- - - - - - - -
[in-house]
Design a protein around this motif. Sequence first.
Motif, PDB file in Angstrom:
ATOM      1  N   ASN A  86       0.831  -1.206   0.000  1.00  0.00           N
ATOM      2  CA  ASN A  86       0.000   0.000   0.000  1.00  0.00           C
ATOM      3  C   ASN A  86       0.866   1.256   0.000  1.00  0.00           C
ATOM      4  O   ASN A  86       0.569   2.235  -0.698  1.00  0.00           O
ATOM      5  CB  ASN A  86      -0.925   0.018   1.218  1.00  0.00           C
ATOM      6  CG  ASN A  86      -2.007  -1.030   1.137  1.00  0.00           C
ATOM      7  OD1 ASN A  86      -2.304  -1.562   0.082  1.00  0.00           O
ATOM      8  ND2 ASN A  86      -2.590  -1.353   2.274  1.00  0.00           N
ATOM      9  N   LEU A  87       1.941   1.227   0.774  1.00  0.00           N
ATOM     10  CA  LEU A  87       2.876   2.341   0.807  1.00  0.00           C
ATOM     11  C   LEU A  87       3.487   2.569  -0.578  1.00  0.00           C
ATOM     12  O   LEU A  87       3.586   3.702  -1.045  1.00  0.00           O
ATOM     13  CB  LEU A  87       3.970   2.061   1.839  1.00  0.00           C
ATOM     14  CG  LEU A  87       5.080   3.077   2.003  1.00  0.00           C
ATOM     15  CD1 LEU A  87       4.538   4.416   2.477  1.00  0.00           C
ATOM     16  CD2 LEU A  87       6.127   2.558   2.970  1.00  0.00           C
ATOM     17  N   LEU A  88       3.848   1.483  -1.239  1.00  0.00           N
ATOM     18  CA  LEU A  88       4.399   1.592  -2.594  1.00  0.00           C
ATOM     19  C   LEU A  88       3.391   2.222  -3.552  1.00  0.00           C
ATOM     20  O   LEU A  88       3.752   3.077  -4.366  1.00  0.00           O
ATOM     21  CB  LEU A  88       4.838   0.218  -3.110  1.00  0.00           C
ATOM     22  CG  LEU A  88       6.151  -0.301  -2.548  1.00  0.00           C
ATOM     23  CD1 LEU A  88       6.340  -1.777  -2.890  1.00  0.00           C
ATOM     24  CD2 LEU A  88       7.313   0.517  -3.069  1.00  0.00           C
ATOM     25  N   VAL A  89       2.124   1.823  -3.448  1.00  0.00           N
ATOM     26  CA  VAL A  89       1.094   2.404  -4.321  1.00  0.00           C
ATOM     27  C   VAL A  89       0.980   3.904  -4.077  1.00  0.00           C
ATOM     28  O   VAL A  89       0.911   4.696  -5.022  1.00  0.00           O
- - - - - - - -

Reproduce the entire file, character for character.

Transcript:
[in-house]
Design a protein around this motif. Sequence first.
Motif, PDB file in Angstrom:
ATOM      1  N   ASN A  86       0.831  -1.206   0.000  1.00  0.00           N
ATOM      2  CA  ASN A  86       0.000   0.000   0.000  1.00  0.00           C
ATOM      3  C   ASN A  86       0.866   1.256   0.000  1.00  0.00           C
ATOM      4  O   ASN A  86       0.569   2.235  -0.698  1.00  0.00           O
ATOM      5  CB  ASN A  86      -0.925   0.018   1.218  1.00  0.00           C
ATOM      6  CG  ASN A  86      -2.007  -1.030   1.137  1.00  0.00           C
ATOM      7  OD1 ASN A  86      -2.304  -1.562   0.082  1.00  0.00           O
ATOM      8  ND2 ASN A  86      -2.590  -1.353   2.274  1.00  0.00           N
ATOM      9  N   LEU A  87       1.941   1.227   0.774  1.00  0.00           N
ATOM     10  CA  LEU A  87       2.876   2.341   0.807  1.00  0.00           C
ATOM     11  C   LEU A  87       3.487   2.569  -0.578  1.00  0.00           C
ATOM     12  O   LEU A  87       3.586   3.702  -1.045  1.00  0.00           O
ATOM     13  CB  LEU A  87       3.970   2.061   1.839  1.00  0.00           C
ATOM     14  CG  LEU A  87       5.080   3.077   2.003  1.00  0.00           C
ATOM     15  CD1 LEU A  87       4.538   4.416   2.477  1.00  0.00           C
ATOM     16  CD2 LEU A  87       6.127   2.558   2.970  1.00  0.00           C
ATOM     17  N   LEU A  88       3.848   1.483  -1.239  1.00  0.00           N
ATOM     18  CA  LEU A  88       4.399   1.592  -2.594  1.00  0.00           C
ATOM     19  C   LEU A  88       3.391   2.222  -3.552  1.00  0.00           C
ATOM     20  O   LEU A  88       3.752   3.077  -4.366  1.00  0.00           O
ATOM     21  CB  LEU A  88       4.838   0.218  -3.110  1.00  0.00           C
ATOM     22  CG  LEU A  88       6.151  -0.301  -2.548  1.00  0.00           C
ATOM     23  CD1 LEU A  88       6.340  -1.777  -2.890  1.00  0.00           C
ATOM     24  CD2 LEU A  88       7.313   0.517  -3.069  1.00  0.00           C
ATOM     25  N   VAL A  89       2.124   1.823  -3.448  1.00  0.00           N
ATOM     26  CA  VAL A  89       1.094   2.404  -4.321  1.00  0.00           C
ATOM     27  C   VAL A  89       0.980   3.904  -4.077  1.00  0.00           C
ATOM     28  O   VAL A  89       0.911   4.696  -5.022  1.00  0.00           O